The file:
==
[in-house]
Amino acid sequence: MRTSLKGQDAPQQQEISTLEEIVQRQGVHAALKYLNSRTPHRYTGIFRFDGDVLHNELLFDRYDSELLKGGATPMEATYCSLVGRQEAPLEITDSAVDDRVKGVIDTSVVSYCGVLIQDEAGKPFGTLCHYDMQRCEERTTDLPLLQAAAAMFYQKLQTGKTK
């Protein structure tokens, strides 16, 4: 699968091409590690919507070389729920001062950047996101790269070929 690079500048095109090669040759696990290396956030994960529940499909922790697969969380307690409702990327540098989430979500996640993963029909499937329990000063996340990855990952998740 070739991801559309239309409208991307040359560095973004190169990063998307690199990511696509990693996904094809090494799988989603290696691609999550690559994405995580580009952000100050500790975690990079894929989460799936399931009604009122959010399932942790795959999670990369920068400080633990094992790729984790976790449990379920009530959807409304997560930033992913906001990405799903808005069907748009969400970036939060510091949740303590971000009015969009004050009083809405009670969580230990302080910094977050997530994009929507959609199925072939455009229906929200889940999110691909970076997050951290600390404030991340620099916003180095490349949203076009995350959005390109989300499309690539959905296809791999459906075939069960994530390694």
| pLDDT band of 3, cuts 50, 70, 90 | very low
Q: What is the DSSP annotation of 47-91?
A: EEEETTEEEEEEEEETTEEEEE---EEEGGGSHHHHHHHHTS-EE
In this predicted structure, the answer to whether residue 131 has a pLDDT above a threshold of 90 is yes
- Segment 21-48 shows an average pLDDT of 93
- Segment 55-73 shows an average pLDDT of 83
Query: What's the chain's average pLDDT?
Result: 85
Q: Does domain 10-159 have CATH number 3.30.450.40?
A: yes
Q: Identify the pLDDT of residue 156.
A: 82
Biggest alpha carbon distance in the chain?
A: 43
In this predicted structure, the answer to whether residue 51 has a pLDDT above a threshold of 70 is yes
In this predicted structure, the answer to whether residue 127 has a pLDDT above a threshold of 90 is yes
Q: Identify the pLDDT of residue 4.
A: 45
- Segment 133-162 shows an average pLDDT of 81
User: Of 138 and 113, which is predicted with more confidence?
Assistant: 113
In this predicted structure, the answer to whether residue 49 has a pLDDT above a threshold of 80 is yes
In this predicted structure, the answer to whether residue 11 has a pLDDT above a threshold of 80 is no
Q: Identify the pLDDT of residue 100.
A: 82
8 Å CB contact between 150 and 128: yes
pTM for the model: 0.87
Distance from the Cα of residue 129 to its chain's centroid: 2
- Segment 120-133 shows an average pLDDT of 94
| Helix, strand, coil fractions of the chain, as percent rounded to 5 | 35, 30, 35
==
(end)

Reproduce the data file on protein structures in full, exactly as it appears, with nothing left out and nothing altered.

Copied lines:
[in-house]
Amino acid sequence: MRTSLKGQDAPQQQEISTLEEIVQRQGVHAALKYLNSRTPHRYTGIFRFDGDVLHNELLFDRYDSELLKGGATPMEATYCSLVGRQEAPLEITDSAVDDRVKGVIDTSVVSYCGVLIQDEAGKPFGTLCHYDMQRCEERTTDLPLLQAAAAMFYQKLQTGKTK
């Protein structure tokens, strides 16, 4: 699968091409590690919507070389729920001062950047996101790269070929 690079500048095109090669040759696990290396956030994960529940499909922790697969969380307690409702990327540098989430979500996640993963029909499937329990000063996340990855990952998740 070739991801559309239309409208991307040359560095973004190169990063998307690199990511696509990693996904094809090494799988989603290696691609999550690559994405995580580009952000100050500790975690990079894929989460799936399931009604009122959010399932942790795959999670990369920068400080633990094992790729984790976790449990379920009530959807409304997560930033992913906001990405799903808005069907748009969400970036939060510091949740303590971000009015969009004050009083809405009670969580230990302080910094977050997530994009929507959609199925072939455009229906929200889940999110691909970076997050951290600390404030991340620099916003180095490349949203076009995350959005390109989300499309690539959905296809791999459906075939069960994530390694």
| pLDDT band of 3, cuts 50, 70, 90 | very low
Q: What is the DSSP annotation of 47-91?
A: EEEETTEEEEEEEEETTEEEEE---EEEGGGSHHHHHHHHTS-EE
In this predicted structure, the answer to whether residue 131 has a pLDDT above a threshold of 90 is yes
- Segment 21-48 shows an average pLDDT of 93
- Segment 55-73 shows an average pLDDT of 83
Query: What's the chain's average pLDDT?
Result: 85
Q: Does domain 10-159 have CATH number 3.30.450.40?
A: yes
Q: Identify the pLDDT of residue 156.
A: 82
Biggest alpha carbon distance in the chain?
A: 43
In this predicted structure, the answer to whether residue 51 has a pLDDT above a threshold of 70 is yes
In this predicted structure, the answer to whether residue 127 has a pLDDT above a threshold of 90 is yes
Q: Identify the pLDDT of residue 4.
A: 45
- Segment 133-162 shows an average pLDDT of 81
User: Of 138 and 113, which is predicted with more confidence?
Assistant: 113
In this predicted structure, the answer to whether residue 49 has a pLDDT above a threshold of 80 is yes
In this predicted structure, the answer to whether residue 11 has a pLDDT above a threshold of 80 is no
Q: Identify the pLDDT of residue 100.
A: 82
8 Å CB contact between 150 and 128: yes
pTM for the model: 0.87
Distance from the Cα of residue 129 to its chain's centroid: 2
- Segment 120-133 shows an average pLDDT of 94
| Helix, strand, coil fractions of the chain, as percent rounded to 5 | 35, 30, 35